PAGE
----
M: Yeah, we really just wanna talk about Mexican food, so if this interview could take a sharp left turn, that'd be great.

T: Oh! What was that diner...Champs? Yeah, we went to Champs in Brooklyn today, it was really good.

M: I don't know if it was real cheese though...

T: Are you fucking kidding me?

M: Pretty sure it was vegan.

T: So what was it, like tofu or something?

M: It's probably soy-based.

T: So the new record's called “Fukushimarama!” [laughs] It's just an EP, we're only doing EP's so we can kind of keep ourselves going. We like it; my favorite song that I've ever written or been a part of is “Whelps,” it's awesome.

M: Yeah, I mean beyond that it's kind's just like, sort of a look at culture in some small way. Looking at the “burry your head in the sand” kind of attitude that the majority of the civilized world has in regards to larger global problems. [Laughs] it sounds so heavy and then we go sing songs about Kanye West and hating clubs, but it's just like...shit that people do to sort of escape and not think about reality, you know?

T: ...Are you SURE that wasn't cheese?! Cause that shit tasted good!

What should people expect when they come to your shows?

T: A total assault on all of your senses.

M: A seizure. Like, if you're epileptic, you may seize.

T: We tour without a light rig, and everything's made out of plexiglass onstage. The guitar, the DJ table, our two Marshall amps...all made out of plexi. Everything had LED lights built in, so coming out of the DJ line is a second line which is connected to the lights, so everything is kind of synched to the music. We've got smoke machines, although they won't let us use them here. But yeah, it's loud and hard and rock-in-your-face, but electronic and dancey, so everybody...basically, we don't recommend people like, looking at the stage while we play.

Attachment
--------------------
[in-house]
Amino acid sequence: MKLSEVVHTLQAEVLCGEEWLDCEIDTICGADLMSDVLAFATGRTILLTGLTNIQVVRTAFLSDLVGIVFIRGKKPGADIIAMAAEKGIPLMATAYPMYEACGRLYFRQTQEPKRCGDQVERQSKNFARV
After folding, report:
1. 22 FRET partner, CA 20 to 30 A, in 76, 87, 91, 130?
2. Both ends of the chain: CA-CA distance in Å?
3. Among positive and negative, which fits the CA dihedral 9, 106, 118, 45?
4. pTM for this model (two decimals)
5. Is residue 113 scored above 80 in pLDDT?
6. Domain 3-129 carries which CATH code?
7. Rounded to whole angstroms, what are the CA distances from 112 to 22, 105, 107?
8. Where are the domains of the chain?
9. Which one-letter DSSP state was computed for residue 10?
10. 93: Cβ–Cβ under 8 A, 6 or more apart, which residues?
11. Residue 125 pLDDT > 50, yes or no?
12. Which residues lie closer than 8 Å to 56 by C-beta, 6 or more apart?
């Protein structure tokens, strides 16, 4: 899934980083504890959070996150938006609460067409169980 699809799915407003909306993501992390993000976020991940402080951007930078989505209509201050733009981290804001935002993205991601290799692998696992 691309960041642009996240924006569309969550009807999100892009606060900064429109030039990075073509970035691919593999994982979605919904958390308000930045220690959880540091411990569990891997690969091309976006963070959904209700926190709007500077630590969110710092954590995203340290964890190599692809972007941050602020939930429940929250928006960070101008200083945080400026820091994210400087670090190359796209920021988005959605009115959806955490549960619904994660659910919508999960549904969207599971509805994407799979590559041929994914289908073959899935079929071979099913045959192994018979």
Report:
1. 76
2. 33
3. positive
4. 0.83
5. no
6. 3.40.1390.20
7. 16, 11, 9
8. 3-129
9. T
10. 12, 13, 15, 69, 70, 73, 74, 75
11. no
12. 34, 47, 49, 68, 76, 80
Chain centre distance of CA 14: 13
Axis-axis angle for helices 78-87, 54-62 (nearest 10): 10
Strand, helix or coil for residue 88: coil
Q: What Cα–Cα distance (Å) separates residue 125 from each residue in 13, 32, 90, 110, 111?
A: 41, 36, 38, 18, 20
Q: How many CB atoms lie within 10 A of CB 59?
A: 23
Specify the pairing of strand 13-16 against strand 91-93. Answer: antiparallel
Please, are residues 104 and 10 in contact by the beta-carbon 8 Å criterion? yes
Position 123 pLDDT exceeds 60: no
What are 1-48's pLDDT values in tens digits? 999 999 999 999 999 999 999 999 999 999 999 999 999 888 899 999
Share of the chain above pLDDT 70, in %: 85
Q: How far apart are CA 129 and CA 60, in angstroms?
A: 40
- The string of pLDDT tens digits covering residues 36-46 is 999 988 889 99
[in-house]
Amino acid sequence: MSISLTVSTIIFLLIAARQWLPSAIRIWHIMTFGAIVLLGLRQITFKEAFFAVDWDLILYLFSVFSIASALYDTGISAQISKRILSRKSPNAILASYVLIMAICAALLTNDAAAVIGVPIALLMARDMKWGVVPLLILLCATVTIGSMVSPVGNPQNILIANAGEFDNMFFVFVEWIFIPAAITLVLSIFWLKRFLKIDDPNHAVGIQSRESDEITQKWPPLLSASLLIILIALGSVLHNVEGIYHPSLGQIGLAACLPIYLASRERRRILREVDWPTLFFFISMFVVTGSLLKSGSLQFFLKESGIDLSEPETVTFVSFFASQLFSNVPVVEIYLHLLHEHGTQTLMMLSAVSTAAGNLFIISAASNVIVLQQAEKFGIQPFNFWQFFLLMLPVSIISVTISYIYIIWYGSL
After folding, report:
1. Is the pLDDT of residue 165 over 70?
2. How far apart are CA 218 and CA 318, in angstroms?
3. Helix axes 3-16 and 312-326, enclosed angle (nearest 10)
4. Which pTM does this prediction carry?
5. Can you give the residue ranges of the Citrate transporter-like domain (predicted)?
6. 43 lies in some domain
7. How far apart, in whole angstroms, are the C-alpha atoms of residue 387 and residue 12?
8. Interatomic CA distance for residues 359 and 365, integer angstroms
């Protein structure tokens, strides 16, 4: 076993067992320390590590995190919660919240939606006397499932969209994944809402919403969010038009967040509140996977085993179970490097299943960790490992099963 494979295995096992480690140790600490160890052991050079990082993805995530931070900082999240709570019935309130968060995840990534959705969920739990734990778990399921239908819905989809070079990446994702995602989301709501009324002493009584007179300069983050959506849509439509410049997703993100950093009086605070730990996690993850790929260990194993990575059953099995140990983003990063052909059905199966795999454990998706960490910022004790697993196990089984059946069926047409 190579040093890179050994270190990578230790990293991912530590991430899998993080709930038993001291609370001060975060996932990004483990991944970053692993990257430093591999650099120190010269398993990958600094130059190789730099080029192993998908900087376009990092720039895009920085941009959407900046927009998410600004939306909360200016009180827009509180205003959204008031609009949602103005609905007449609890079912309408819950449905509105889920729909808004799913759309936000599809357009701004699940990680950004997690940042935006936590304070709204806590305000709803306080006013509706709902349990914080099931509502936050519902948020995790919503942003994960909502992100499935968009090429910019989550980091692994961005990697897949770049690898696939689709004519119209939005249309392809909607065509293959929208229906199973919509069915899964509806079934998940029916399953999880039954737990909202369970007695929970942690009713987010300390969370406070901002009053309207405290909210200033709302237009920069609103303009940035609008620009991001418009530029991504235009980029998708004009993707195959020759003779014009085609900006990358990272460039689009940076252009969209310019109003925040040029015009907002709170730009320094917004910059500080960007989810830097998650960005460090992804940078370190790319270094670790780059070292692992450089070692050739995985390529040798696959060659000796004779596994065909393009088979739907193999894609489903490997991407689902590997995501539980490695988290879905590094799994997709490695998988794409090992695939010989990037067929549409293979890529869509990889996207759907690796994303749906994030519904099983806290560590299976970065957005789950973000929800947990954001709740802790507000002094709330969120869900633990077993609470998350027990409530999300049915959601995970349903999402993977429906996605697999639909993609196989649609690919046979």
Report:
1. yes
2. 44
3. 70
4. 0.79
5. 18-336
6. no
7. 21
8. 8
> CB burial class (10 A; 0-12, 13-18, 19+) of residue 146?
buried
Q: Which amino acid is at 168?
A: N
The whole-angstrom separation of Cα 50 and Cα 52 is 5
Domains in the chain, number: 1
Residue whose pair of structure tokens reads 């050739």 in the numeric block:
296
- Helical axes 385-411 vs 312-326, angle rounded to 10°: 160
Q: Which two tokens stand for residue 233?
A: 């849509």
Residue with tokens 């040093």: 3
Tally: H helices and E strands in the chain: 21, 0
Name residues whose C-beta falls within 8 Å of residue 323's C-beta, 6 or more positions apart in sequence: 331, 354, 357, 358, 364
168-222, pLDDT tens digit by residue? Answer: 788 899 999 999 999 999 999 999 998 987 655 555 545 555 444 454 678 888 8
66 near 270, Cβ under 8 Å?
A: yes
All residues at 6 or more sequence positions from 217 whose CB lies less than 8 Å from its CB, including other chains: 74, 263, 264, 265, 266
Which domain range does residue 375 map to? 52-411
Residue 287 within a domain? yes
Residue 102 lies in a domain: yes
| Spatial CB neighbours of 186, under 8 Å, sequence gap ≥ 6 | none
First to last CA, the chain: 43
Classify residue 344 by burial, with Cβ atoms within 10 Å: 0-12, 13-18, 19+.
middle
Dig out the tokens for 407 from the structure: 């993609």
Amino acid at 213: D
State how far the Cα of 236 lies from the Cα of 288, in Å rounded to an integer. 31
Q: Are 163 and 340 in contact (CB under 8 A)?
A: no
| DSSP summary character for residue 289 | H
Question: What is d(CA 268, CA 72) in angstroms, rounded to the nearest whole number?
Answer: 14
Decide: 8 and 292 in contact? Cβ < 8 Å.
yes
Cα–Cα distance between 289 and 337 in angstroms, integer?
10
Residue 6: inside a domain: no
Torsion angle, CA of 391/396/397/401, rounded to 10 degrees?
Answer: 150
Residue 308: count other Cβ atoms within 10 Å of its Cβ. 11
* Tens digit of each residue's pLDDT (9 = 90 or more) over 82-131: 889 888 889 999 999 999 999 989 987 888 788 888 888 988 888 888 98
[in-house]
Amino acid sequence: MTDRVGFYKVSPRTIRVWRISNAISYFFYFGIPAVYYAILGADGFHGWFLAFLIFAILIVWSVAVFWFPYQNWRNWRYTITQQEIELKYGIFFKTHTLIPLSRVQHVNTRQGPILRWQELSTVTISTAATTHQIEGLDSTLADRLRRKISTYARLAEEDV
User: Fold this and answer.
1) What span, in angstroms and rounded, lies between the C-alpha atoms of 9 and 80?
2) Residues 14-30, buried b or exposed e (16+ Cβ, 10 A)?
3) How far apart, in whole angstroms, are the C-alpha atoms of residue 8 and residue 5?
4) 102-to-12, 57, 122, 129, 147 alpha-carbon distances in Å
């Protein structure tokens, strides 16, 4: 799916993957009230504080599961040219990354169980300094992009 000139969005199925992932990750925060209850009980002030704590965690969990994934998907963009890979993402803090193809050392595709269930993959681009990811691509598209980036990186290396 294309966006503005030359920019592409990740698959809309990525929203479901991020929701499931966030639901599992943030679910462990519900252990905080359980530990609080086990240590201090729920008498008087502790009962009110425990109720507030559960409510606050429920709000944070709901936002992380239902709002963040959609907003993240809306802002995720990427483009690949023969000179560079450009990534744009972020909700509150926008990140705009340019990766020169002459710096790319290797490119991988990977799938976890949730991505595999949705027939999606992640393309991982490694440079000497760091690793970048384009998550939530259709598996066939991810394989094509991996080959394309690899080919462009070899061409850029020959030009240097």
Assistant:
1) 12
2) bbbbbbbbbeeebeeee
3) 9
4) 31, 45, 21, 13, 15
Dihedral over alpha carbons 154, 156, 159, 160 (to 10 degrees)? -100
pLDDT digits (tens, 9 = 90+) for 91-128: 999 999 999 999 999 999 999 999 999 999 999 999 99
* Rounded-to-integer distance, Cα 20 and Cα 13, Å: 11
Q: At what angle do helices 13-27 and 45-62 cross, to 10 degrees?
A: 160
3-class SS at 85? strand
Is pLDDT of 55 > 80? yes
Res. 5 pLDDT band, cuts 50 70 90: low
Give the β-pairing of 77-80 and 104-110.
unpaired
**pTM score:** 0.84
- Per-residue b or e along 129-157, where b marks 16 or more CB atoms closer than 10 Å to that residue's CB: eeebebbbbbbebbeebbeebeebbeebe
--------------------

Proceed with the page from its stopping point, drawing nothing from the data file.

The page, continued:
M: Yeah, everybody wants people to look at them, but we don't want that. Everybody has front lighting to illuminate them, we don't. We're all backlighting.

T: We really like it when people are up and dancing.

M: Basically, pretty much the idea for this band is – have you ever seen Seinfeld? You know how there's an episode where George does the opposite of everything he knows and then he gets girls? That's us in this band. Everything that is normal we just try and do the opposite.

Do you have anything you want to say to your fans?

M: You know, that's the strangest question that always get's asked!

T: Wait. Sub-question to your question: what do people usually say?

M: I just feel so weird! I just wanna be like, “love each other! Yeah!”

T: I bet you a lot of people say, “go buy our album, right?”

Well, not always...

M: Good! We don't want people to buy our album!

T: We released our first album on cassette tape based solely on the fact that we don't want people to hear the music [laughs]. Everybody's like, “I don't have any way to play this!” and we're like, “ give me ten dollars.”

M: Now, is there anything else we wanna say?

T: Yeah. Be happy. - Molly Boekenheide -


LA-based electro rockers SIIINES released their new EP Fukushimarama! on February 11. Formed by Travis Nesbitt and Morgan Gies (both formerly of Social Code) in 2012, SIIINES wanted brings life and excitement back to the ailing sound. Experimenting with electronic production in the context of rock sentiment, SIIINES found a fresh sound by challenging their own preconceptions about the genre, pushing the boundaries in the marriage of electronic dance and rock.